by Cortney Bloomer
This past Saturday, the newly-resurrected Tahoe Area Mountain Bike Association partnered with the U.S. Forest Service to sponsor a Volunteer Trail Work Day. TAMBA has a Volunteer Service Agreement (VSA) with the USFS and this was the first official trail building day. The work effort represented a huge step for mountain bikers in the area, as 25 volunteers showed up to work with the Forest Service Trail Crew employees to build armored berms, strengthen the sandy loose areas of trail and repair a creek crossing that had been damaged.
The section of trail that we were assigned was at the top of the Armstrong Connector Trail, which links up the Armstrong Pass Trail to the Corral Trail in South Lake Tahoe. The day started off with a safety orientation where we were told to be careful using our tools and were all given hard hats to wear for protection. Then, we split up into groups, each led by a Forest Service person who explained our project. Our group was led by Chad, a cool guy who pretty much let us take the reins on building our creek crossing. He provided a lot of guidance and helped us to make the rock bed as strong as possible so it would stand up to lots of riding. He was really willing to listen to what we, the bikers, thought would make a good trail.
Building the trail was hard work. Because we were using (really big) rocks to “pave” the bottom of the creek to keep it from getting washed out, we had to carry a lot of rocks to the project site from elsewhere in the forest. There was also a good deal of digging involved. But when we were done, it was a much better area for riding, and also better for the environment. As a reward for our hard work, volunteers were provided a yummy lunch from Sprouts Café in South Lake Tahoe, and there was a cookout afterwards. TAMBA really knows how to treat volunteers.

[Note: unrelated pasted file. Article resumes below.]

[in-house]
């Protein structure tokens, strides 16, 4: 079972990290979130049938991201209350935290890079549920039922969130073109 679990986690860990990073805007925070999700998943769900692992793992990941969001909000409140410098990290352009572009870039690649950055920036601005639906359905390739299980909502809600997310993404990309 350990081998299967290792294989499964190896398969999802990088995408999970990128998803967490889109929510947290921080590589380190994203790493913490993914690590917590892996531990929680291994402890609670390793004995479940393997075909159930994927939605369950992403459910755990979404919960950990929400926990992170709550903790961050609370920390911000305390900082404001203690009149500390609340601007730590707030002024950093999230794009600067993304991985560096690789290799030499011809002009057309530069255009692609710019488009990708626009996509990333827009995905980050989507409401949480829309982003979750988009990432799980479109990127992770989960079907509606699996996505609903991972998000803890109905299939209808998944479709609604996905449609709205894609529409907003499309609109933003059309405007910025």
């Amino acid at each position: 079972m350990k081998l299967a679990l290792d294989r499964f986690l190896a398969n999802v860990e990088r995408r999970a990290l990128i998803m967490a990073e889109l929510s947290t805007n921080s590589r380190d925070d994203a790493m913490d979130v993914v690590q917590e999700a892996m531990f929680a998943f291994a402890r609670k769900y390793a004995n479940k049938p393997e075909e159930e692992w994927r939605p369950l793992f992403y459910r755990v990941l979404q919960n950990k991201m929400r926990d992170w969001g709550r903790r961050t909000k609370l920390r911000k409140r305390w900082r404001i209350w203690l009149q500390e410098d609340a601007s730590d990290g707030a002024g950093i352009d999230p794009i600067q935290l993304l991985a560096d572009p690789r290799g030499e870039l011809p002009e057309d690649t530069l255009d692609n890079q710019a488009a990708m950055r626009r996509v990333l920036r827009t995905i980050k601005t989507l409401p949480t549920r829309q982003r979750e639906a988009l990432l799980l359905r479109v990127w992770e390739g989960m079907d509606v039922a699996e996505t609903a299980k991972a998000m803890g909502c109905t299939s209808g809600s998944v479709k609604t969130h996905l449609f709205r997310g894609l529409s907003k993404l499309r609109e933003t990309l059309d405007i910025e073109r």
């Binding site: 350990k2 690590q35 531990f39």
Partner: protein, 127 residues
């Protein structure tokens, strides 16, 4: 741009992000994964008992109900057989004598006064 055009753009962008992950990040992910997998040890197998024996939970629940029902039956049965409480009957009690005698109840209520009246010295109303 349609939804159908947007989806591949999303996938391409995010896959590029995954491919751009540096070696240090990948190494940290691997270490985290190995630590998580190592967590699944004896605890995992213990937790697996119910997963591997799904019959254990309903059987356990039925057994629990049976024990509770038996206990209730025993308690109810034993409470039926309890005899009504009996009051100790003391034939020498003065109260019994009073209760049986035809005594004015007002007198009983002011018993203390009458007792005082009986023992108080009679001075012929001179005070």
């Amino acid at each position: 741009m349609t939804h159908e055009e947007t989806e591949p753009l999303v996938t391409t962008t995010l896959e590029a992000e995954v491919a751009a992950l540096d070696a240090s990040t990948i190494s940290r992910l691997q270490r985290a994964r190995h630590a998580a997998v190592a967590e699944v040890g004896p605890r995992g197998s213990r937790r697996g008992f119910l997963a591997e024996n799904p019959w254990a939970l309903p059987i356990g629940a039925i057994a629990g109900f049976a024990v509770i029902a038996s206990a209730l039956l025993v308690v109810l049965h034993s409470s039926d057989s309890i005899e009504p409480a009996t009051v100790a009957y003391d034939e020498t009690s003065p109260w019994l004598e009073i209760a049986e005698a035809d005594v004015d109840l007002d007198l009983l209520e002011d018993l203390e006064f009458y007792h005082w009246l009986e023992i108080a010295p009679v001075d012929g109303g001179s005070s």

Working with the Forest Service was neat. I have done trail building in the past, but the care and high standards that the Forest Service employs ensure that the trail we worked on last weekend will be in good condition well into the future. It also means that, if you go up there and ride, you will have no idea where our projects were. After the work was completed, the areas were “naturalized” and any traces of trail construction were erased. The following day, I went with Melissa and Cullen Jones and Brad Ashley to ride the trail, and even though I know there were two other crews working on other sections of the trail, I could not find the areas that they had been working on – they were that well-“naturalized”.
As far as the riding goes, Armstrong Connector is a fun downhill trail. For an XC rider like me, it is worth it to first ride the Armstrong Pass Trail out and back first to add some climbing and extra mileage (not to mention Armstrong Pass is a very scenic and fun trail with a few cool technical sections) and then do Armstrong Connector. This is the ride we did on Sunday. The ride is more pleasant if you can set up a shuttle, otherwise it involves parking at the bottom of either Armstrong Connector or further down at the bottom of Corral and riding up about 4 miles of steep forest service road. We saw lots of Downhillers shuttling up and riding Armstrong Connector/Corral Trail.
If you want to help out in the future, look for upcoming trail work days on the TAMBA website at www.mountainbiketahoe.org. They can use all the help they can get to keep the trails we all enjoy using in top shape. If you want to go try out the trail improvements we worked on (and see if you can spot them), the trail is easy to find. Take Pioneer Trail all the way through South Lake almost to the Meyers end, and turn left on Oneidas. Continue up the Forest Service Road until you spot signs for the trail. Armstrong Pass and Armstrong Connector are all the way at the top.
Photos courtesy of TAMBA.